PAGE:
Private equity firms are invested in a wide range of financial services companies: payments, broker dealers, wealth managers, fintech service providers, and insurance brokers, among others. Many of these subsectors, like payments, are enjoying significant organic growth and benefiting from the disruptive application of new technologies. Growth and technical disruption are, indeed, the primary value proposition driving these investments.
Research by the Massachusetts Institute of Technology shows three ways to monetize data: 1) improve internal execution, 2) wrap data, and 3) sell data. And while the digital economy has made every company a data company, most are only analyzing 12% of the data they have.
The largest amount of value to be captured, and the one with the most immediate returns, is through improving internal execution: putting data and analytics in the hands of employees who make decisions. Consumer-focused applications might include marketing effectiveness and customer retention. Operational and financial applications generally focus on improving processes, cost efficiencies, and margin analysis.
Wrapping information around products is the next highest value-added activity that a company can do with its data. Data wrapping enriches products, services, and customer experiences by using data and analytics to provide connectivity and customization. As the MIT researchers found: “Top performers in data wrapping please customers with useful and engaging wraps, design specifically tailored features and experiences, and measure the financial returns from their efforts.”
Finally, selling data is actually the hardest way to monetize this resource, often requiring a unique business model. Benchmarks across suppliers, end-customer consumption, and market intelligence are some of the data that companies package and sell to third parties. However, while this avenue receives the most attention in the media, new regulations and consumer privacy concerns, as well as simple business model challenges, can make it quite difficult.
However, the services provided by these companies are also commoditized in large part. The days when most consumers would pay a premium for wealth managers or insurance brokers are generally in the past, and most fintech business models center on driving cost efficiencies and enhanced customer value propositions through improved technologies.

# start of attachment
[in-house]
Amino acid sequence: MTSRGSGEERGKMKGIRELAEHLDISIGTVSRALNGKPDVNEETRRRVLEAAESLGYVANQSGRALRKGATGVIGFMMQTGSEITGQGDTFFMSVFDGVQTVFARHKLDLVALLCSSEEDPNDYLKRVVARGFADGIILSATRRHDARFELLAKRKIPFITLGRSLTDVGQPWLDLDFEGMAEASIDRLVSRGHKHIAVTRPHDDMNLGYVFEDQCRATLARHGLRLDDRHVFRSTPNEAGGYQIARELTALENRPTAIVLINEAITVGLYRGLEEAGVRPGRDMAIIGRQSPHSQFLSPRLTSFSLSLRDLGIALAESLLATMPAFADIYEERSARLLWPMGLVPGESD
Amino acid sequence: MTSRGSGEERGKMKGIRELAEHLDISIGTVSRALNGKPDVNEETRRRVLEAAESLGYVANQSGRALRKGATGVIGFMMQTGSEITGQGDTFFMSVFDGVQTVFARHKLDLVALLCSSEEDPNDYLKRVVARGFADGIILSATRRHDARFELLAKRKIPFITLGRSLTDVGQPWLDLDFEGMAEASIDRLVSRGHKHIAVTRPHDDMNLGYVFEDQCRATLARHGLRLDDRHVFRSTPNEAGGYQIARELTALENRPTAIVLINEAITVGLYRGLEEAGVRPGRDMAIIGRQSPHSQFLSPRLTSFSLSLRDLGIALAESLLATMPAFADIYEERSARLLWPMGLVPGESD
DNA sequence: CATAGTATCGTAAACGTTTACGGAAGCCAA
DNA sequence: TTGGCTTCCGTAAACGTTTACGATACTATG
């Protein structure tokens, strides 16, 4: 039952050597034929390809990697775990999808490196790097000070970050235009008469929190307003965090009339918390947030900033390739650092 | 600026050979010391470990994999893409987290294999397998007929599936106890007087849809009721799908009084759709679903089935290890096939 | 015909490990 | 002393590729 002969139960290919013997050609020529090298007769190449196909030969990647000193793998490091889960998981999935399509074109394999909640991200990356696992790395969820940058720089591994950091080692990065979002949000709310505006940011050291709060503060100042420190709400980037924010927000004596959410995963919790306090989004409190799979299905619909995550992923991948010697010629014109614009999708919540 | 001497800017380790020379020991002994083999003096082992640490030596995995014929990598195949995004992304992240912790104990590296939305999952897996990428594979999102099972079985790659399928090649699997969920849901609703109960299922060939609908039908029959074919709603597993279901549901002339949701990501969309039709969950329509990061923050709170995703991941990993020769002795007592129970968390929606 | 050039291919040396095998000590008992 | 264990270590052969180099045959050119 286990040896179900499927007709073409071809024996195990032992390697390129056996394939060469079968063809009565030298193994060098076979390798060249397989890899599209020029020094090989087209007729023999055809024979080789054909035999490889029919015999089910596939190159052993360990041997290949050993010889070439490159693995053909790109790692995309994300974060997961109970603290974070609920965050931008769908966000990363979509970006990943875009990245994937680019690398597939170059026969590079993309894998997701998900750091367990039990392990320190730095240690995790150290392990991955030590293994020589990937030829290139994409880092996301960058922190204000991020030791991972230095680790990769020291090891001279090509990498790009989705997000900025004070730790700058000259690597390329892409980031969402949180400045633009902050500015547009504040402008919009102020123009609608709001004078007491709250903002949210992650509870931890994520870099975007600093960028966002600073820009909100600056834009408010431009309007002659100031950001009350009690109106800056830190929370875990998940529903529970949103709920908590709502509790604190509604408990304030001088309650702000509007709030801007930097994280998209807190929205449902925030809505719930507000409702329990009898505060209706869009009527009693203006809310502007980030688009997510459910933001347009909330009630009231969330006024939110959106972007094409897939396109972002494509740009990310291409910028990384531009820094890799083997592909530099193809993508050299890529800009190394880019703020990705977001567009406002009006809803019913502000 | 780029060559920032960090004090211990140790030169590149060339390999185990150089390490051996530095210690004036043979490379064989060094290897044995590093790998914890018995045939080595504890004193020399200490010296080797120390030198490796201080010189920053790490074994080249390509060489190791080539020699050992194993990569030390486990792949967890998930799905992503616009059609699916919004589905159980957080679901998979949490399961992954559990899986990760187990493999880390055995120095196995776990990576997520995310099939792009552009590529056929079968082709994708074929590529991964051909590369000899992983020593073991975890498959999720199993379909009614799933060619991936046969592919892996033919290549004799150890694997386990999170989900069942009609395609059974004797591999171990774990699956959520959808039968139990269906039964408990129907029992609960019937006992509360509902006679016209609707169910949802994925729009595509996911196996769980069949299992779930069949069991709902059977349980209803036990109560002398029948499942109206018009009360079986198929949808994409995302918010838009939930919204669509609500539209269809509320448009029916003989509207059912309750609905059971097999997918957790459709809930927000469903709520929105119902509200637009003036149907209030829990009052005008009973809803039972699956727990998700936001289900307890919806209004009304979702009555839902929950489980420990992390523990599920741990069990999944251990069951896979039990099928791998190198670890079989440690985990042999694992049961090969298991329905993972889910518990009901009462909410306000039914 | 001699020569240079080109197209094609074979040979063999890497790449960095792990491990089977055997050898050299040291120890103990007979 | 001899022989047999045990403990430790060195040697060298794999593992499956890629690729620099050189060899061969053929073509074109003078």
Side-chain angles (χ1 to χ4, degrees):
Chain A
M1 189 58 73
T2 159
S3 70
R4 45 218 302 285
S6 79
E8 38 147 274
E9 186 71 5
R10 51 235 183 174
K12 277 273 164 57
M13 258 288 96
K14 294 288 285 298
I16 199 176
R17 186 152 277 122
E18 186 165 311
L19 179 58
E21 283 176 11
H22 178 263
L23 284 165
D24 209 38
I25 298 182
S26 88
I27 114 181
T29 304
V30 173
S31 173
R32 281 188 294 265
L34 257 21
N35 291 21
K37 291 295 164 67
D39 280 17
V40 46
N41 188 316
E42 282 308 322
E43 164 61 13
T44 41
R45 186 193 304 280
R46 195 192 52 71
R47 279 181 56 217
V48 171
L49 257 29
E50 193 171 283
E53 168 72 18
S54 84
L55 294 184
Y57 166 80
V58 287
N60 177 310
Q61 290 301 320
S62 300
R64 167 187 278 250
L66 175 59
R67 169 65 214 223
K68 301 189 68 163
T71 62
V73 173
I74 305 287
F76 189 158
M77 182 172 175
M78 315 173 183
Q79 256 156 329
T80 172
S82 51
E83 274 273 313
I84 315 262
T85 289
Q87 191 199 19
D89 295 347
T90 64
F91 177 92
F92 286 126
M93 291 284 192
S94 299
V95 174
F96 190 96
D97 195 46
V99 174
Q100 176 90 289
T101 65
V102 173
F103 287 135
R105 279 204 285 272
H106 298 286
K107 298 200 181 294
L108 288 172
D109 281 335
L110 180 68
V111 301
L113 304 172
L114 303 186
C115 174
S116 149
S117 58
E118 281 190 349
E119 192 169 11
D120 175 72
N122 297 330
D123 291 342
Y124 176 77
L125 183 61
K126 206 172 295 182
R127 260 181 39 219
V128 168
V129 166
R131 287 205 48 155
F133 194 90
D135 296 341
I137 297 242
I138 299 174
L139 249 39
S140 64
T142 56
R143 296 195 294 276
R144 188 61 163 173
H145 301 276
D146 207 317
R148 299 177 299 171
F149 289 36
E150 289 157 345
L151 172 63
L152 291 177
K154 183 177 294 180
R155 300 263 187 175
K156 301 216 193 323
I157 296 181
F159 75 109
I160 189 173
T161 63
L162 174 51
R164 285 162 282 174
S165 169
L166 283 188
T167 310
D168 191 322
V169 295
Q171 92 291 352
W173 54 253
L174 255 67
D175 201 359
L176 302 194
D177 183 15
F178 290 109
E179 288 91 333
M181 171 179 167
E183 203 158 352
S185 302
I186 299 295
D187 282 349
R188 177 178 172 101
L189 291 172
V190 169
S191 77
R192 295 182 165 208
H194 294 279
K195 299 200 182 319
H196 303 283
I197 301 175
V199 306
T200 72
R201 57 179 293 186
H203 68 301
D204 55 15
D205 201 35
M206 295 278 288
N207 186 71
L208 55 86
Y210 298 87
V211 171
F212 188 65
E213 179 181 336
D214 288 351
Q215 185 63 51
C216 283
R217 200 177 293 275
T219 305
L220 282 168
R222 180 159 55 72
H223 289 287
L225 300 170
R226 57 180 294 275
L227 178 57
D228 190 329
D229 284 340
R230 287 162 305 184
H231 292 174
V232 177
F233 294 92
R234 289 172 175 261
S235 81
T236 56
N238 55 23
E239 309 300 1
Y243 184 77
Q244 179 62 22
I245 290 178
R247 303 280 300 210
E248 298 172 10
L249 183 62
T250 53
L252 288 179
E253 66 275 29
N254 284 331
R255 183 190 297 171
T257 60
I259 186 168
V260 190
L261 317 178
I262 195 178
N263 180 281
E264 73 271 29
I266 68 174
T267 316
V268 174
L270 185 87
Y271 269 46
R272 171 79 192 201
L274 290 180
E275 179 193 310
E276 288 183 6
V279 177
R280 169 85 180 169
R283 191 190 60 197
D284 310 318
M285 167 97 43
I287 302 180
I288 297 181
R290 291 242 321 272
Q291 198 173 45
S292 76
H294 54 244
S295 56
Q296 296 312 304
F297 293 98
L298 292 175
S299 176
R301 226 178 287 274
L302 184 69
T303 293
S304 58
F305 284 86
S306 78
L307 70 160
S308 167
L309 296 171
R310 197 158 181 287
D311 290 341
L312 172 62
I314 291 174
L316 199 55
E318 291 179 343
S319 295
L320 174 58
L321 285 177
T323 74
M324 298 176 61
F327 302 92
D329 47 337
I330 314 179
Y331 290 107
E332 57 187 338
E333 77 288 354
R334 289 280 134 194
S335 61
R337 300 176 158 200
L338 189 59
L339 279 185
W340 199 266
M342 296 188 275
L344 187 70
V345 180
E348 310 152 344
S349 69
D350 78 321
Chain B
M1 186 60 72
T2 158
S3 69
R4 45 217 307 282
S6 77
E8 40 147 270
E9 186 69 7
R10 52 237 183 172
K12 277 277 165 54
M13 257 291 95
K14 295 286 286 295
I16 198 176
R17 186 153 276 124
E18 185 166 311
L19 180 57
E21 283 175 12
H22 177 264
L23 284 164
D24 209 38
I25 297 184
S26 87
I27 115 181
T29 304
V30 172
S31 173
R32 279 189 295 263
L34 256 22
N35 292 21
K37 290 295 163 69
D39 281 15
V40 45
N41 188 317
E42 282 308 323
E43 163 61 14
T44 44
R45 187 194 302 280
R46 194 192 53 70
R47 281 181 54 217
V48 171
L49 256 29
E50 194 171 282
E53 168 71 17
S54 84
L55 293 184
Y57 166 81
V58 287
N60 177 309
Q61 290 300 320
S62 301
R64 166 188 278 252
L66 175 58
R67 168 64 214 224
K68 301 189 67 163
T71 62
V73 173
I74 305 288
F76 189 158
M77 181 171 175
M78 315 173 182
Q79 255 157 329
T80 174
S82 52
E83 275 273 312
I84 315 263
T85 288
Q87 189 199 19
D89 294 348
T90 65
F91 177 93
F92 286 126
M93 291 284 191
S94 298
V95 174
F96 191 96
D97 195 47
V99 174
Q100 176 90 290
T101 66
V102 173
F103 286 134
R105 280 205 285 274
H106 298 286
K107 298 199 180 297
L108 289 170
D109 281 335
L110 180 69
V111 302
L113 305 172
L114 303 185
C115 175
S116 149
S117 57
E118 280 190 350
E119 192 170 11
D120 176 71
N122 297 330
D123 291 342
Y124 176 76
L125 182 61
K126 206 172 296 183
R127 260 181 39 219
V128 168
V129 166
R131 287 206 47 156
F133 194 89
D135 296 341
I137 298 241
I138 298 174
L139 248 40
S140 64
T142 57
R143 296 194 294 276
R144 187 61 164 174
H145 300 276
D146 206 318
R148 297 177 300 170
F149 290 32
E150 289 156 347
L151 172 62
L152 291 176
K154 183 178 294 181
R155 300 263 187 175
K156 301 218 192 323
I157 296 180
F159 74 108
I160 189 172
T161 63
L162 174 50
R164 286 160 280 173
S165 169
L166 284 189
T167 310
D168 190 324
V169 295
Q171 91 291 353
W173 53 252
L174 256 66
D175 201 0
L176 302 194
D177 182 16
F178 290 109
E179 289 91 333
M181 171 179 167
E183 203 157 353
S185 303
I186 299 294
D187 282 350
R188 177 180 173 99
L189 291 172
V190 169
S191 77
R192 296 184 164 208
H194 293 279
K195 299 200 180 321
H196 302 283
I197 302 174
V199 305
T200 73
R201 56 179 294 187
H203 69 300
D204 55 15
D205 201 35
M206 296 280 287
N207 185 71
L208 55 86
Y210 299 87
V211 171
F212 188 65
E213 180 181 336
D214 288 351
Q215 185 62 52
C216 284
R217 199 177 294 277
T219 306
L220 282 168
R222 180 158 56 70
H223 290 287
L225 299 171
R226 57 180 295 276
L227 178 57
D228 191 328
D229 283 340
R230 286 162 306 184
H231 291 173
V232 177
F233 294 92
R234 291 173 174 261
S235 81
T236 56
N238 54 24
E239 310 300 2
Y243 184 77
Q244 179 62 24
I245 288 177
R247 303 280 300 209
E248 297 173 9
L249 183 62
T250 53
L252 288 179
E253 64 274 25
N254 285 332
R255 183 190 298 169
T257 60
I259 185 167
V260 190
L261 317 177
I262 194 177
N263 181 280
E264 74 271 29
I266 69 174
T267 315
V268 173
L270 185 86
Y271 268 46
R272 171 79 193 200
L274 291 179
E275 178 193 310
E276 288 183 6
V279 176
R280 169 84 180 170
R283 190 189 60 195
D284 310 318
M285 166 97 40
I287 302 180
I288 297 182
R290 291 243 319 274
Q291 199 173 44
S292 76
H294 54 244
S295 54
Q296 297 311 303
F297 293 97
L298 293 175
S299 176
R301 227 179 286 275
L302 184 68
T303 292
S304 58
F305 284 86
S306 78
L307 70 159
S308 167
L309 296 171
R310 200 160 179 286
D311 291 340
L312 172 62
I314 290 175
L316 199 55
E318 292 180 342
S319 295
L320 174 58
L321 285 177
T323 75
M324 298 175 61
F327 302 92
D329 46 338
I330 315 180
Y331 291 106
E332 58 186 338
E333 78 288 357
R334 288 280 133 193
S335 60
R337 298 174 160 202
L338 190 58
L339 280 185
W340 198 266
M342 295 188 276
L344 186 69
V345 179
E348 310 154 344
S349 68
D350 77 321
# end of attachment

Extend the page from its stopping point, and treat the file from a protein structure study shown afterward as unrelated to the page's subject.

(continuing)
To generate outsized returns on investments in the space, leaders will need to monetize the wealth of data many of these firms possess but currently underutilize.
REAL WORLD EXAMPLES
These monetization opportunities aren’t just academic. They are generating real value for financial services businesses.
IMPROVE INTERNAL EXECUTION
Salesforce integration, benchmarking, and optimization are critical to properly servicing financial institutions customers but remain a challenge for many.
In post-merger integration, a common yet cumbersome issue is combining and rationalizing back office systems and customer information. Identifying and mapping the joint customer base, products, and relationship holders is crucial. Data formatting issues, including missing, invalid, poorly scanned, and differing information on the same customers create major logistical obstacles. New analytical tools, including AI applications, have automated what was a burdensome, often human-intensive process.
Companies can now more easily link client information, collect and organize KYC documentation, and merge even structured and unstructured data sets into a central repository. By doing so, they can drill down from global to customer level reporting within a few clicks, analyze pre- and post-integration views of performance, develop customized reports to provide insight into key areas, and monitor engagement progress.
As an ongoing matter, optimizing cross-selling opportunities and benchmarking best practices and salespeople are activities dramatically facilitated by the data, connectivity, and analytical tools now available. Existing, internal data can also assess profitability by product and customer and suggest ways to increase profitability.
Payment processing companies are using merchants’ own data, as well as aggregated information from within their ecosystem, to provide new business insights to help merchants market better and bring in new customers. This can be as simple as providing merchants with new visualizations of spending patterns in their stores, with comparisons over time across product and customer types. In more advanced forms, it can show how their customers are performing relative to other, similar businesses.
Effective data wrapping that makes a product both useful and engaging has been shown to generate greater customer retention and loyalty and potential new revenue streams and higher prices. MIT research shows that companies that report wrapping more effectively than peers achieve an average return on investment of 61% from wrapping projects, versus 5% that report wrapping less effectively than peers.
Despite its challenges, some financial institutions have found success in selling their company’s data to third parties through unique and specific business models.